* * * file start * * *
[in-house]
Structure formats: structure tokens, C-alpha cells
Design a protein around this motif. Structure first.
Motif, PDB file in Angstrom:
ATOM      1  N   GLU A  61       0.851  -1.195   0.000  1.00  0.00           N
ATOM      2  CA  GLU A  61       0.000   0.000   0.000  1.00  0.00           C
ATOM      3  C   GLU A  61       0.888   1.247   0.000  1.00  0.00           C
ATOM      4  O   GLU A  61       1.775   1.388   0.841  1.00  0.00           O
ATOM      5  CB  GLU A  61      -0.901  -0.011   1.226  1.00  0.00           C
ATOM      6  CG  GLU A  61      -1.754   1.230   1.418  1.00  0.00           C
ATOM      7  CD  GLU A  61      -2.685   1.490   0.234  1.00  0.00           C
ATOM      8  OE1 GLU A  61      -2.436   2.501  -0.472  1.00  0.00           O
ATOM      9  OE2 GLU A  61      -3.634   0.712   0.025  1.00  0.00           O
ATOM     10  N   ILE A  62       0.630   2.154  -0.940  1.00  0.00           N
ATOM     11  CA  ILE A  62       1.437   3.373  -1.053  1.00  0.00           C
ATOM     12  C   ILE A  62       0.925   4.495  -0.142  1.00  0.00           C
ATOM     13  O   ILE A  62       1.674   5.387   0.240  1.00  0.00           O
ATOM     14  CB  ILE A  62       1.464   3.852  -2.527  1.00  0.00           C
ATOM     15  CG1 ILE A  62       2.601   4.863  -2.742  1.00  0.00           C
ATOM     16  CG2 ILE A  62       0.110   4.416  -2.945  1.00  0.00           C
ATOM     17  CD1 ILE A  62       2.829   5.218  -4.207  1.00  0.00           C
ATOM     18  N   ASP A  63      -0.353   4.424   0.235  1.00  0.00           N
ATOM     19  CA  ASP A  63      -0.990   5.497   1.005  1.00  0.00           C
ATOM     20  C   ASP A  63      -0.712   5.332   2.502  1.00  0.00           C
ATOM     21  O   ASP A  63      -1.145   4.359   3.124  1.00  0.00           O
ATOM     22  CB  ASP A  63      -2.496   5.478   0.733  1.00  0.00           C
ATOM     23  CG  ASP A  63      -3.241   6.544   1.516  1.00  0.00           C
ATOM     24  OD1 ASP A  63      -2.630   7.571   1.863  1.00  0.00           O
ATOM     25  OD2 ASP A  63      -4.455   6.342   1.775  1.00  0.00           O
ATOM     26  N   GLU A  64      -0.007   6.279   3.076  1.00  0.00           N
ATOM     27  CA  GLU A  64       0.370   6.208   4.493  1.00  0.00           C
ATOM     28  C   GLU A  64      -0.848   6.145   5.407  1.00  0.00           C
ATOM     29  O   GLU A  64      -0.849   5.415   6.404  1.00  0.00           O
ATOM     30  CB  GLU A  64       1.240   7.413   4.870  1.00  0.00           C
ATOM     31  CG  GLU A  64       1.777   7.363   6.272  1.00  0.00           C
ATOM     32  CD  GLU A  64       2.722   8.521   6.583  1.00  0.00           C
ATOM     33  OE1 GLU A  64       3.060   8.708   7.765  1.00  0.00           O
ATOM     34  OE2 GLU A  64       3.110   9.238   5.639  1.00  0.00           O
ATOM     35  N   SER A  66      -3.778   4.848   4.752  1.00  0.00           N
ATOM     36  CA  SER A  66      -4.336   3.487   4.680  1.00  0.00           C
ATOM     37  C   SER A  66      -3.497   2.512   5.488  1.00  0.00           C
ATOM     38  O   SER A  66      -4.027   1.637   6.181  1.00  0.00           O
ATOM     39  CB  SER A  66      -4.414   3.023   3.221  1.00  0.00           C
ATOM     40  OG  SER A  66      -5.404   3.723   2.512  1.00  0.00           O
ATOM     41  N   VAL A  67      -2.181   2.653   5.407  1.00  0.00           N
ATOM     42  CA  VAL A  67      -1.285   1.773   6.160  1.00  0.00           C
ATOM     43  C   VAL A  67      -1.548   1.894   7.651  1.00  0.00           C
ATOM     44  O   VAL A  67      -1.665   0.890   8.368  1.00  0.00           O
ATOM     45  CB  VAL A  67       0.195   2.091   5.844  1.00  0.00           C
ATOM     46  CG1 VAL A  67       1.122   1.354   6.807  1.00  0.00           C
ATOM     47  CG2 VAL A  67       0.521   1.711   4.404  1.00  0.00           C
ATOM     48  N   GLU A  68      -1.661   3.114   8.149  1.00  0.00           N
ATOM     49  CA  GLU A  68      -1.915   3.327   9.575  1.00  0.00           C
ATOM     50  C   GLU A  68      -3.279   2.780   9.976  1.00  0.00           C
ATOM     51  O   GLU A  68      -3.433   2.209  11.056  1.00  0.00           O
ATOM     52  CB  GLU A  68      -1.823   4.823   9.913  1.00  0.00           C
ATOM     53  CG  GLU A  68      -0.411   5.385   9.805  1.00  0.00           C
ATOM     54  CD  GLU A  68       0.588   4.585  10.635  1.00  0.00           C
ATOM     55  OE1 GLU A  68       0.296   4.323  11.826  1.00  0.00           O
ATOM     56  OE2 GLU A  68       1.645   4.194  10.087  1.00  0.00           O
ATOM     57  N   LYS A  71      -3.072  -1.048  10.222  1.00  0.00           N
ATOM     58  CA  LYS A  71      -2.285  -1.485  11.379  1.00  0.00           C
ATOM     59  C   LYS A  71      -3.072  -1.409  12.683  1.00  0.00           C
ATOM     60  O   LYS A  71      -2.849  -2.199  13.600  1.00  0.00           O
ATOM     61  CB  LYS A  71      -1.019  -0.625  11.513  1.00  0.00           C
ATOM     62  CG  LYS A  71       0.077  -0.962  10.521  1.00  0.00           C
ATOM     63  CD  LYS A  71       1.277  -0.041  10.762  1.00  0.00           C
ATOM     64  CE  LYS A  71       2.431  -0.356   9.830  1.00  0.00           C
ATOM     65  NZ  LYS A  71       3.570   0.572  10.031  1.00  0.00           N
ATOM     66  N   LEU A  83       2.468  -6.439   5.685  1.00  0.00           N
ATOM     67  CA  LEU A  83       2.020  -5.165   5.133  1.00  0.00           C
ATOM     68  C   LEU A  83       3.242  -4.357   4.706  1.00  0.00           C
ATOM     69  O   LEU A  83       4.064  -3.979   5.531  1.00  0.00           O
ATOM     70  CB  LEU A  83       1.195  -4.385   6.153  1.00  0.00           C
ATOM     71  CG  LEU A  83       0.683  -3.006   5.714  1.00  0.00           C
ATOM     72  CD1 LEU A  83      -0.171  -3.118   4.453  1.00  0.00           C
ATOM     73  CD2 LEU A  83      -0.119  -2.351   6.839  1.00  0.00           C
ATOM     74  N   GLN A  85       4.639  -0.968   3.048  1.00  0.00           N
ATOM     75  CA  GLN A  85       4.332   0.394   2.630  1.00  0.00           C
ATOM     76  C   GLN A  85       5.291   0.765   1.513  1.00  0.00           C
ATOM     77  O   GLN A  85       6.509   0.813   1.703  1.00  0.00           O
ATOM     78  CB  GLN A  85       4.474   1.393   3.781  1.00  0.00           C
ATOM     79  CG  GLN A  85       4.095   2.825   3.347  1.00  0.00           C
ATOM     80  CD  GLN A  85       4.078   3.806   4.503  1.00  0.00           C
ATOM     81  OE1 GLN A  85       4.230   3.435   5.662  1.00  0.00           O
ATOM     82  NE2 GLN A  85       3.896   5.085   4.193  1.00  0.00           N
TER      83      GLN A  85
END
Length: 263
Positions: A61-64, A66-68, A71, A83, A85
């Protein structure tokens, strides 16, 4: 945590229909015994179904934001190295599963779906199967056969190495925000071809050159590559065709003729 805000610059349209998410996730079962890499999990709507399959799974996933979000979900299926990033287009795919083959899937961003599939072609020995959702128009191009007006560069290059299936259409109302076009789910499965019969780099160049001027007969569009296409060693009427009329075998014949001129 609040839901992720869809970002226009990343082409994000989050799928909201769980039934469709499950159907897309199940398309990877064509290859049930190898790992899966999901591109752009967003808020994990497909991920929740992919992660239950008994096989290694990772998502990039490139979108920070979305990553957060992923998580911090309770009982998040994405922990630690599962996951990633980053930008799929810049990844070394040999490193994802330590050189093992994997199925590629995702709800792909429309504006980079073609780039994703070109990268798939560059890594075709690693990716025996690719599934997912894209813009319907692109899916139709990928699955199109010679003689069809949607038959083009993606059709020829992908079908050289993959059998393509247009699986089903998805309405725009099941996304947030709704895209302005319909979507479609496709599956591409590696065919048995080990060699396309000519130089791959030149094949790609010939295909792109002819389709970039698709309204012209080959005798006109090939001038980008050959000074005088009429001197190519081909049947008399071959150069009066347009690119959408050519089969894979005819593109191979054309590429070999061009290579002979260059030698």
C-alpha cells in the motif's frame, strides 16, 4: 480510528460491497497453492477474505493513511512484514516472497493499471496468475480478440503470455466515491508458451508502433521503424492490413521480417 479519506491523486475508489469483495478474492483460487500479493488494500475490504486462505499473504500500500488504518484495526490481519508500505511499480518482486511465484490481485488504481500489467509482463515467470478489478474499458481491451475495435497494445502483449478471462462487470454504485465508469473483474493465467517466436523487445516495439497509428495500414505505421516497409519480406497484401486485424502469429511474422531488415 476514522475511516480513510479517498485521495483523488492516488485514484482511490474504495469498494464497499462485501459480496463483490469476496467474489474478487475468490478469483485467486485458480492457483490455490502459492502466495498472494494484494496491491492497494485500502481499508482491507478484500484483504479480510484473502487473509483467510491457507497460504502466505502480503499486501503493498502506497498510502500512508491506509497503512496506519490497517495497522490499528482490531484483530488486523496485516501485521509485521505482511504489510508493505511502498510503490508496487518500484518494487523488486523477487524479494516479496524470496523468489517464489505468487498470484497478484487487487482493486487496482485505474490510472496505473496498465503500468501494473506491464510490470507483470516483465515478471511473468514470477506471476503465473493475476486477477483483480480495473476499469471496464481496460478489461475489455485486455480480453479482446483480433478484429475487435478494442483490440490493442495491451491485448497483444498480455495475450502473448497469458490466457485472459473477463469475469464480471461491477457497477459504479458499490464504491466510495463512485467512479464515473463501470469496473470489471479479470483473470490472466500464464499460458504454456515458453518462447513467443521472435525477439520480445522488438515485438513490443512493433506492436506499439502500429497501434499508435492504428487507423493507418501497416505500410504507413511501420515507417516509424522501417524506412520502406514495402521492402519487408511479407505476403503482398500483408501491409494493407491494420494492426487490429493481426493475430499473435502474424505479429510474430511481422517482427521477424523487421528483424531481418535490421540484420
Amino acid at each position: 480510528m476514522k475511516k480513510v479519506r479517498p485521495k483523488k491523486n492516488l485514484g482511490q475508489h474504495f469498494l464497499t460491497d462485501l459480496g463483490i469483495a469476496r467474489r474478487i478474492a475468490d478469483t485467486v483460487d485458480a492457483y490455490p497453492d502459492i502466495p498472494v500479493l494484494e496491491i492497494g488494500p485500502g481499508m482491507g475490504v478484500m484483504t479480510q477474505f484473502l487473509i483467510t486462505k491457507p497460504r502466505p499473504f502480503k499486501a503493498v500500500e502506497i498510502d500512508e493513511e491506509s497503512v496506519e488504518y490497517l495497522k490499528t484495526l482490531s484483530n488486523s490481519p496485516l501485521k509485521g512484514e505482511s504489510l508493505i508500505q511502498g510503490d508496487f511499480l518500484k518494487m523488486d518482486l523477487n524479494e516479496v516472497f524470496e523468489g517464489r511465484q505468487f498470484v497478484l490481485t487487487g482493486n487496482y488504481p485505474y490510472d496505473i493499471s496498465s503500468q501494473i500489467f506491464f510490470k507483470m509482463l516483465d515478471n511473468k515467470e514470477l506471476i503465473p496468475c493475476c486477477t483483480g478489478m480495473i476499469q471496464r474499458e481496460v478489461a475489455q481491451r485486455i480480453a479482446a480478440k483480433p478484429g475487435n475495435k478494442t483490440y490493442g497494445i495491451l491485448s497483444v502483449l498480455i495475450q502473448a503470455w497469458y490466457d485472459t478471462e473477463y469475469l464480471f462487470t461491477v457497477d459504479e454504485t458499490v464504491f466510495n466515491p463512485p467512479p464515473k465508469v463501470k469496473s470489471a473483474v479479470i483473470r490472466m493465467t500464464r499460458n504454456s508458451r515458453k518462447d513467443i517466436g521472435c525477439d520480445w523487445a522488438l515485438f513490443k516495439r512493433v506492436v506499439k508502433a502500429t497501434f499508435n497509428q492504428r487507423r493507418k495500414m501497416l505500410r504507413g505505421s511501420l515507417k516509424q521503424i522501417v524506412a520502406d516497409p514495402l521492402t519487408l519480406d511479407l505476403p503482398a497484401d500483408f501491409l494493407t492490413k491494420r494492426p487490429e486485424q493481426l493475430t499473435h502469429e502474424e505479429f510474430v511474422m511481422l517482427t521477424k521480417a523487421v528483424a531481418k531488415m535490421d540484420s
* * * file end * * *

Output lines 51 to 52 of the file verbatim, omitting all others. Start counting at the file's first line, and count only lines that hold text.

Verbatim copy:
ATOM     47  CG2 VAL A  67       0.521   1.711   4.404  1.00  0.00           C
ATOM     48  N   GLU A  68      -1.661   3.114   8.149  1.00  0.00           N